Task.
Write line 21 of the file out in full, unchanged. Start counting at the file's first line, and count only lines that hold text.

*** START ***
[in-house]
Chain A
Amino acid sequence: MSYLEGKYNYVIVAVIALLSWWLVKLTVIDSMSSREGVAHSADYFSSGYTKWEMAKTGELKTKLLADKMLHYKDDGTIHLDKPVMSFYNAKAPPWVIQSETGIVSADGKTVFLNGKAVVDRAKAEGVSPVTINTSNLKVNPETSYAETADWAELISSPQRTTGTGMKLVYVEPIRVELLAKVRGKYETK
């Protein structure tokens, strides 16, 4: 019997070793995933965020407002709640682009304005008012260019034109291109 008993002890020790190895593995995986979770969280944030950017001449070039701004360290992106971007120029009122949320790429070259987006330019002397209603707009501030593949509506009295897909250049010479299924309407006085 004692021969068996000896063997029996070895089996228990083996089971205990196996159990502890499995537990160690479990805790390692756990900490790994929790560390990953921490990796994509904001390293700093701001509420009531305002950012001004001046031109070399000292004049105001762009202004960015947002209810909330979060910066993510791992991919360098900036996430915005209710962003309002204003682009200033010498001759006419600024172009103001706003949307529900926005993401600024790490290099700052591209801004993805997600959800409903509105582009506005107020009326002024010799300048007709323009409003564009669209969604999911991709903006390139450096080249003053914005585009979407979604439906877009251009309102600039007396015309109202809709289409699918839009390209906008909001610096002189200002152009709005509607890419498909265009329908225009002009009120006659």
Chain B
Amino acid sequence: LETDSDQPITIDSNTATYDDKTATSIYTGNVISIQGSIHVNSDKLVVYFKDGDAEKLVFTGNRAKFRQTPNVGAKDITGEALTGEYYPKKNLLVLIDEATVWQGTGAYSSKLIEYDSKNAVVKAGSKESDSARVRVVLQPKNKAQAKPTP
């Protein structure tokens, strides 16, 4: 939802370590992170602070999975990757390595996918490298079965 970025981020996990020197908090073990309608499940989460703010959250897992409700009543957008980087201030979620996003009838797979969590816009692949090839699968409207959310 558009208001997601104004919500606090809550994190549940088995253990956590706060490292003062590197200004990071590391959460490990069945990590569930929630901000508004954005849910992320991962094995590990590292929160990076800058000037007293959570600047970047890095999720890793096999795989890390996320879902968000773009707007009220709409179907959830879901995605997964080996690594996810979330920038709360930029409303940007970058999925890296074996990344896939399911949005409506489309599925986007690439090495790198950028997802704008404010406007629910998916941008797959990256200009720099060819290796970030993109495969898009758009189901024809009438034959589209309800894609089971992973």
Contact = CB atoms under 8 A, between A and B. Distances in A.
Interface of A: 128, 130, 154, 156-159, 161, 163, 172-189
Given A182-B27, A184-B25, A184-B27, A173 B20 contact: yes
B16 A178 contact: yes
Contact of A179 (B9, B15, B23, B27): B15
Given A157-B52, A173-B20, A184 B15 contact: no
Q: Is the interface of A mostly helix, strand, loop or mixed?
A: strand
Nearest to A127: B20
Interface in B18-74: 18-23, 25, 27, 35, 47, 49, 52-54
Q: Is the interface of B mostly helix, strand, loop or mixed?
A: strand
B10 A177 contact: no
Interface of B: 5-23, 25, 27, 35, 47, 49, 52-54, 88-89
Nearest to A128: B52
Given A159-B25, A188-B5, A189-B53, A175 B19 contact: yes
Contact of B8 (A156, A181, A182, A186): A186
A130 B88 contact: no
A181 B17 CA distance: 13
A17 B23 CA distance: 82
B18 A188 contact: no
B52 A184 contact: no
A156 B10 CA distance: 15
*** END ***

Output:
Interface of B: 5-23, 25, 27, 35, 47, 49, 52-54, 88-89